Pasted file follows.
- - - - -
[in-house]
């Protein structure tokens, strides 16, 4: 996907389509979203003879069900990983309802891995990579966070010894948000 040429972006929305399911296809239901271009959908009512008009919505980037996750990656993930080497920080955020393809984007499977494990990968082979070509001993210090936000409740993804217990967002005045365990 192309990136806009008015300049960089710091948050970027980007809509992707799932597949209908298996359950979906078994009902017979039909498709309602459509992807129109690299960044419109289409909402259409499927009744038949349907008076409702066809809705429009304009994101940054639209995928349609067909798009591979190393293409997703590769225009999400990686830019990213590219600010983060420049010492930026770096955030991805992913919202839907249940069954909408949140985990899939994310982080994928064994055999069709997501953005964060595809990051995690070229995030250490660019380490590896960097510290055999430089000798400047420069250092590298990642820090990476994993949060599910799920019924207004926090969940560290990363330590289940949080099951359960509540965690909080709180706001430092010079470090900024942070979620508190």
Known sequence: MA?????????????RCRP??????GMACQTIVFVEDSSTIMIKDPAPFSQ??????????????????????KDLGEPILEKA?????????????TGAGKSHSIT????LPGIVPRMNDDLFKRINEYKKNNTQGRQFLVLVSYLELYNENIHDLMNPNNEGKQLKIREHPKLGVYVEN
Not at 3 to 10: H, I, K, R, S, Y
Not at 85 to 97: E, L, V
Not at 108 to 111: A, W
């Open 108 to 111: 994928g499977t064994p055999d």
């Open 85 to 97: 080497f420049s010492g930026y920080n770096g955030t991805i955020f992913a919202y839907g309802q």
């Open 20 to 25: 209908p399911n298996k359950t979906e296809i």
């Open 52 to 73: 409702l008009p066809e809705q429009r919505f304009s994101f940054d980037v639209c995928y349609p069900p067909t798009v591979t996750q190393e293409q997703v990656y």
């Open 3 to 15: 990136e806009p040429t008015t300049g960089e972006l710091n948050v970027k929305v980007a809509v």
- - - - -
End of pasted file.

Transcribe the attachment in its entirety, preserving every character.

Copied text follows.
[in-house]
């Protein structure tokens, strides 16, 4: 996907389509979203003879069900990983309802891995990579966070010894948000 040429972006929305399911296809239901271009959908009512008009919505980037996750990656993930080497920080955020393809984007499977494990990968082979070509001993210090936000409740993804217990967002005045365990 192309990136806009008015300049960089710091948050970027980007809509992707799932597949209908298996359950979906078994009902017979039909498709309602459509992807129109690299960044419109289409909402259409499927009744038949349907008076409702066809809705429009304009994101940054639209995928349609067909798009591979190393293409997703590769225009999400990686830019990213590219600010983060420049010492930026770096955030991805992913919202839907249940069954909408949140985990899939994310982080994928064994055999069709997501953005964060595809990051995690070229995030250490660019380490590896960097510290055999430089000798400047420069250092590298990642820090990476994993949060599910799920019924207004926090969940560290990363330590289940949080099951359960509540965690909080709180706001430092010079470090900024942070979620508190």
Known sequence: MA?????????????RCRP??????GMACQTIVFVEDSSTIMIKDPAPFSQ??????????????????????KDLGEPILEKA?????????????TGAGKSHSIT????LPGIVPRMNDDLFKRINEYKKNNTQGRQFLVLVSYLELYNENIHDLMNPNNEGKQLKIREHPKLGVYVEN
Not at 3 to 10: H, I, K, R, S, Y
Not at 85 to 97: E, L, V
Not at 108 to 111: A, W
């Open 108 to 111: 994928g499977t064994p055999d």
């Open 85 to 97: 080497f420049s010492g930026y920080n770096g955030t991805i955020f992913a919202y839907g309802q």
């Open 20 to 25: 209908p399911n298996k359950t979906e296809i």
């Open 52 to 73: 409702l008009p066809e809705q429009r919505f304009s994101f940054d980037v639209c995928y349609p069900p067909t798009v591979t996750q190393e293409q997703v990656y």
């Open 3 to 15: 990136e806009p040429t008015t300049g960089e972006l710091n948050v970027k929305v980007a809509v």